Bacteria, like all living things, need food to grow. The bacteria that infect us are no exception to this and their food source is us! The airways are surprisingly rich in nutrients for bacterial growth, some of this comes from the food we ate (micro-inhalation) and some leaks out from the blood or cells lining the airways. We know that underlying lung diseases increase the risk of bacterial infection and have recently shown that this is related to the levels of glucose in the airways. We think that this works a little like leaving a jam jar open – bacteria will colonise and grow on the available sugar.
New Treatments for Bad Bugs
Antibiotic resistance bacteria (bacteria that are not killed by antibiotics) are a crisis in global health. If antibiotics stop working, as well as an increase in the severity infections that are treatable, much of the medical advances of the last 50 years including surgery and transplant also become ineffective. We therefore need new ways of killing bacteria. This could either be by finding drugs that directly attack the bacteria, or by changing strategies.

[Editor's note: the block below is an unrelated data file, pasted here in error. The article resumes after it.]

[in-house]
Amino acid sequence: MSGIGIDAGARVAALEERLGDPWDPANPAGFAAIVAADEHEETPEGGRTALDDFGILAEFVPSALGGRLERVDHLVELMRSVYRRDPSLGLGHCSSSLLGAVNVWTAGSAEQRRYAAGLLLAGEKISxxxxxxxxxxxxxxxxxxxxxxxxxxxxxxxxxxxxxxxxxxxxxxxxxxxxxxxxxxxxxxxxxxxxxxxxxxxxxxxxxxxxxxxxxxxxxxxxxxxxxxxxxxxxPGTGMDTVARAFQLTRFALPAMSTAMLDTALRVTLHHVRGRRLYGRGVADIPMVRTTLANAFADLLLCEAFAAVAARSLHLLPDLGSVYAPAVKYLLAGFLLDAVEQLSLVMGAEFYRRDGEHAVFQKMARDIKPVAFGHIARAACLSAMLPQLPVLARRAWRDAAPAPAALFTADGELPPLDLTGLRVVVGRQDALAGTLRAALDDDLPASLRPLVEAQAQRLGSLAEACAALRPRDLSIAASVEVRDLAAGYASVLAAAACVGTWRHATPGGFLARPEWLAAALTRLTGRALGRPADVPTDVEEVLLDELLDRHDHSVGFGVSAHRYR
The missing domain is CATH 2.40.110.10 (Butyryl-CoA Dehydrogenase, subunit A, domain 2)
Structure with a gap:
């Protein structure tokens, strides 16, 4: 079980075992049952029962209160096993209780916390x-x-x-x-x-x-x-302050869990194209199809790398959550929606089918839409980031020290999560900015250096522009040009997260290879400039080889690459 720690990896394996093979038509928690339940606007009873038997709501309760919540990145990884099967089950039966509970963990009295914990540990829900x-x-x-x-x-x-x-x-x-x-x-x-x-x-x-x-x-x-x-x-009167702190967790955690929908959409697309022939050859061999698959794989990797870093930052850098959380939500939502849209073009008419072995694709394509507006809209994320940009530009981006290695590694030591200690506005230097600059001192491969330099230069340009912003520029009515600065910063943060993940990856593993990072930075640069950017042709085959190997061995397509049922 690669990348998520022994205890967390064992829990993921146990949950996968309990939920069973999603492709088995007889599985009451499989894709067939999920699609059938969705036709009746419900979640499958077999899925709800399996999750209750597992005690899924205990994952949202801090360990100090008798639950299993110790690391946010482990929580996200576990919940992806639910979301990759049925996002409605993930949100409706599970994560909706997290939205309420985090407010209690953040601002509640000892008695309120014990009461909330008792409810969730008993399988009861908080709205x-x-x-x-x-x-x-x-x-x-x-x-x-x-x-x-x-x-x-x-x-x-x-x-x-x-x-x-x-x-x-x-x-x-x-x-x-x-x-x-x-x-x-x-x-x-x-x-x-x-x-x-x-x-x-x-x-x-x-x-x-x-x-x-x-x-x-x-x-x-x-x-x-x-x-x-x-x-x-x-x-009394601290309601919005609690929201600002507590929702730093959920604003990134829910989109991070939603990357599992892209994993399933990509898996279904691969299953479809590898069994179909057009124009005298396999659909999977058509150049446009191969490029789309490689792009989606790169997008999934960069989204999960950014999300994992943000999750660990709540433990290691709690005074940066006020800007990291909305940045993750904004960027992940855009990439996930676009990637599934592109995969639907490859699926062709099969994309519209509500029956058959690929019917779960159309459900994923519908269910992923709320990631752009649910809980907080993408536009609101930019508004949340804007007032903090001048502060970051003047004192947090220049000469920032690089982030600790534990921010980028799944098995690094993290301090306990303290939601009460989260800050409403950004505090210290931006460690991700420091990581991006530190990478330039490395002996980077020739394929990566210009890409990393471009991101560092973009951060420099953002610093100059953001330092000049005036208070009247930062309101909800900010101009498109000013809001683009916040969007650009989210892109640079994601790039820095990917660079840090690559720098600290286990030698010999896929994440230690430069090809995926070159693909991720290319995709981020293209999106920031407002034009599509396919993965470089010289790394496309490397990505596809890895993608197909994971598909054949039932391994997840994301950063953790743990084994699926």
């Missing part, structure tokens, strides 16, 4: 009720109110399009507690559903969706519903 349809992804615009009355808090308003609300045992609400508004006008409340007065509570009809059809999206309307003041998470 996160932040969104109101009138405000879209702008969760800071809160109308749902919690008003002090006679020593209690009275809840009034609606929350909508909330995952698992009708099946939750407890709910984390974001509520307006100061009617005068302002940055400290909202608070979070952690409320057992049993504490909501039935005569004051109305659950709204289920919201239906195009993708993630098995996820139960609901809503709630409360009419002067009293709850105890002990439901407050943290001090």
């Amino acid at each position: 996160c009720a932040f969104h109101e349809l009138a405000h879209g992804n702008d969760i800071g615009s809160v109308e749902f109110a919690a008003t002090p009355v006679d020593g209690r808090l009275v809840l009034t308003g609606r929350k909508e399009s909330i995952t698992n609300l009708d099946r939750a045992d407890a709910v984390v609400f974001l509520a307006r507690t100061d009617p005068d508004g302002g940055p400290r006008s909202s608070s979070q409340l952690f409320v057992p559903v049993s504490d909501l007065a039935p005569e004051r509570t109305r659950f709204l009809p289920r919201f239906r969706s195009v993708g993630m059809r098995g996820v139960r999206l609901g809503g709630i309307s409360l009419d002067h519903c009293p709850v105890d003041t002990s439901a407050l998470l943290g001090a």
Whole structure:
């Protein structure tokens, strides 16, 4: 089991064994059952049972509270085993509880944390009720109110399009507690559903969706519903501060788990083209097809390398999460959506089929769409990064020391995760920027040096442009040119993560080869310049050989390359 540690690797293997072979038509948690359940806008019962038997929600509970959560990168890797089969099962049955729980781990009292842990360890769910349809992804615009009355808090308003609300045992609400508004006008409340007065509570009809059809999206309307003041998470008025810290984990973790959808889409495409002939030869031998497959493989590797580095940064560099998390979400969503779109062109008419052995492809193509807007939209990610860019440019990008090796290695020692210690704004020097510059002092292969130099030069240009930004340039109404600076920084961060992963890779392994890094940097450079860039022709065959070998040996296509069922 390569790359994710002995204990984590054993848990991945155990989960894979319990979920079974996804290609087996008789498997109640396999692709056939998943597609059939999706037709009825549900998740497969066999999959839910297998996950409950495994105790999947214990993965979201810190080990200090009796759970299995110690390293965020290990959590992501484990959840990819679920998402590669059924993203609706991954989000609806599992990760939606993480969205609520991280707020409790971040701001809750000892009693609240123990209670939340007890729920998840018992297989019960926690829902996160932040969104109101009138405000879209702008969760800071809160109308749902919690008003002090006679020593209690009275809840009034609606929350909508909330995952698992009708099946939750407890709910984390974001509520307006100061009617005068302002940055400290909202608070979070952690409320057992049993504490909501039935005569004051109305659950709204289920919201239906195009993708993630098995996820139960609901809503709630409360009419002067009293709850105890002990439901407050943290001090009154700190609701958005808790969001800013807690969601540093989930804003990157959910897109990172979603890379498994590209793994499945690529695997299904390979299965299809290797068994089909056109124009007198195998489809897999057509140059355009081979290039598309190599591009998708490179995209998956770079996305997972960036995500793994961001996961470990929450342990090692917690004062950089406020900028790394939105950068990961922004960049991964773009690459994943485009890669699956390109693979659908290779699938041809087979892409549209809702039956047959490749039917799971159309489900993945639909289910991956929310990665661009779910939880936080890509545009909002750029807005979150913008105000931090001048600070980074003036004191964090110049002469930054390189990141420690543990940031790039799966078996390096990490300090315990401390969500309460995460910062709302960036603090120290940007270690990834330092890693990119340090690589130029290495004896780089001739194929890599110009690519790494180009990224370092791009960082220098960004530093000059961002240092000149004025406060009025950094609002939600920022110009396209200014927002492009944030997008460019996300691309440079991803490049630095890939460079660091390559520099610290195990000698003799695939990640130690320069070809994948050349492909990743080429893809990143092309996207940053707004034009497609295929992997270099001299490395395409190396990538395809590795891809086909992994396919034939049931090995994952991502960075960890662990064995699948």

War on bugs
Our finding that bacteria grow better when sugar is high opens up new treatment strategies – to starve the bug, rather than attacking it. In our recent study, we investigated whether an anti-diabetic drug (Dapagliflozin, made by AstraZeneca) could prevent bacterial lung infection. Treating diabetic mice with Dapagliflozin reduced the blood sugar; critically it also reduced the airway sugar levels. The reduction in airway sugar led to a reduction in bacterial infection in the drug treated mice. We have seen a similar effect using another anti-diabetic drug – metformin. These studies suggest that reducing blood and lung sugar will reduce the number of infections seen in people with diabetes.